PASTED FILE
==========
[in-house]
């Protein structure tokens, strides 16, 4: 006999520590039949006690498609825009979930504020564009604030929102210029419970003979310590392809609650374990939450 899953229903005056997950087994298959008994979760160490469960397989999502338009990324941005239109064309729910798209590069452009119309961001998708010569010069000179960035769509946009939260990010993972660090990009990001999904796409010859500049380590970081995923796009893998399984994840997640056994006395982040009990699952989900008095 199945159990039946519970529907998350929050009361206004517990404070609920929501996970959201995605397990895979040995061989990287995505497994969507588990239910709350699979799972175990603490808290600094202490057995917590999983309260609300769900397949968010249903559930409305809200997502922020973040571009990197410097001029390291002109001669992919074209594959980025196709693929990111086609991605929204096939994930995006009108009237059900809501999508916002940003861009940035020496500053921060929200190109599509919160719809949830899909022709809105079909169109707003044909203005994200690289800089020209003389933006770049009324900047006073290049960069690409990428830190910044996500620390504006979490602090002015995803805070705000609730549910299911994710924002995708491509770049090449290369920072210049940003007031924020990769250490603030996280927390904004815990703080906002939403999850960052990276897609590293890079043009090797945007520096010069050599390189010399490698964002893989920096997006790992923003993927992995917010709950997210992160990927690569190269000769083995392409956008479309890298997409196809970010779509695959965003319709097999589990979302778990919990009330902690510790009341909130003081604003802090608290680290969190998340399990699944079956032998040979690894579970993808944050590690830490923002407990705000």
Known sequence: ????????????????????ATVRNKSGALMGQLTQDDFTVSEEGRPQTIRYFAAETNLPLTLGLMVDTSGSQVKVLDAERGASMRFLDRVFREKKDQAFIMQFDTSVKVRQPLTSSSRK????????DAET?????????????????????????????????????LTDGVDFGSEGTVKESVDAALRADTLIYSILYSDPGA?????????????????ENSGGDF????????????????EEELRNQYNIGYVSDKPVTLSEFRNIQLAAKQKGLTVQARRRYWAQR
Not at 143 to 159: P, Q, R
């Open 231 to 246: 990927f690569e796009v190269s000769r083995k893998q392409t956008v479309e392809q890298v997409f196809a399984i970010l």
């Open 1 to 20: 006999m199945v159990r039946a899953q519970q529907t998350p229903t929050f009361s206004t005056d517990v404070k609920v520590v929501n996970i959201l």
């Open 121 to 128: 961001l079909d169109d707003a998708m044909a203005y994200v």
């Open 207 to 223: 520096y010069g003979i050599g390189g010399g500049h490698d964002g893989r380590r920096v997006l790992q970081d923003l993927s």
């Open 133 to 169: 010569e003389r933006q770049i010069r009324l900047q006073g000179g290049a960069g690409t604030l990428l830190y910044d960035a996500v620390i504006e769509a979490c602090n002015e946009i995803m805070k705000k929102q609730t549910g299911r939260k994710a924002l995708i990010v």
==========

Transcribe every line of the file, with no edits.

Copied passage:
[in-house]
């Protein structure tokens, strides 16, 4: 006999520590039949006690498609825009979930504020564009604030929102210029419970003979310590392809609650374990939450 899953229903005056997950087994298959008994979760160490469960397989999502338009990324941005239109064309729910798209590069452009119309961001998708010569010069000179960035769509946009939260990010993972660090990009990001999904796409010859500049380590970081995923796009893998399984994840997640056994006395982040009990699952989900008095 199945159990039946519970529907998350929050009361206004517990404070609920929501996970959201995605397990895979040995061989990287995505497994969507588990239910709350699979799972175990603490808290600094202490057995917590999983309260609300769900397949968010249903559930409305809200997502922020973040571009990197410097001029390291002109001669992919074209594959980025196709693929990111086609991605929204096939994930995006009108009237059900809501999508916002940003861009940035020496500053921060929200190109599509919160719809949830899909022709809105079909169109707003044909203005994200690289800089020209003389933006770049009324900047006073290049960069690409990428830190910044996500620390504006979490602090002015995803805070705000609730549910299911994710924002995708491509770049090449290369920072210049940003007031924020990769250490603030996280927390904004815990703080906002939403999850960052990276897609590293890079043009090797945007520096010069050599390189010399490698964002893989920096997006790992923003993927992995917010709950997210992160990927690569190269000769083995392409956008479309890298997409196809970010779509695959965003319709097999589990979302778990919990009330902690510790009341909130003081604003802090608290680290969190998340399990699944079956032998040979690894579970993808944050590690830490923002407990705000």
Known sequence: ????????????????????ATVRNKSGALMGQLTQDDFTVSEEGRPQTIRYFAAETNLPLTLGLMVDTSGSQVKVLDAERGASMRFLDRVFREKKDQAFIMQFDTSVKVRQPLTSSSRK????????DAET?????????????????????????????????????LTDGVDFGSEGTVKESVDAALRADTLIYSILYSDPGA?????????????????ENSGGDF????????????????EEELRNQYNIGYVSDKPVTLSEFRNIQLAAKQKGLTVQARRRYWAQR
Not at 143 to 159: P, Q, R
């Open 231 to 246: 990927f690569e796009v190269s000769r083995k893998q392409t956008v479309e392809q890298v997409f196809a399984i970010l």
């Open 1 to 20: 006999m199945v159990r039946a899953q519970q529907t998350p229903t929050f009361s206004t005056d517990v404070k609920v520590v929501n996970i959201l």
């Open 121 to 128: 961001l079909d169109d707003a998708m044909a203005y994200v």
């Open 207 to 223: 520096y010069g003979i050599g390189g010399g500049h490698d964002g893989r380590r920096v997006l790992q970081d923003l993927s």
């Open 133 to 169: 010569e003389r933006q770049i010069r009324l900047q006073g000179g290049a960069g690409t604030l990428l830190y910044d960035a996500v620390i504006e769509a979490c602090n002015e946009i995803m805070k705000k929102q609730t549910g299911r939260k994710a924002l995708i990010v």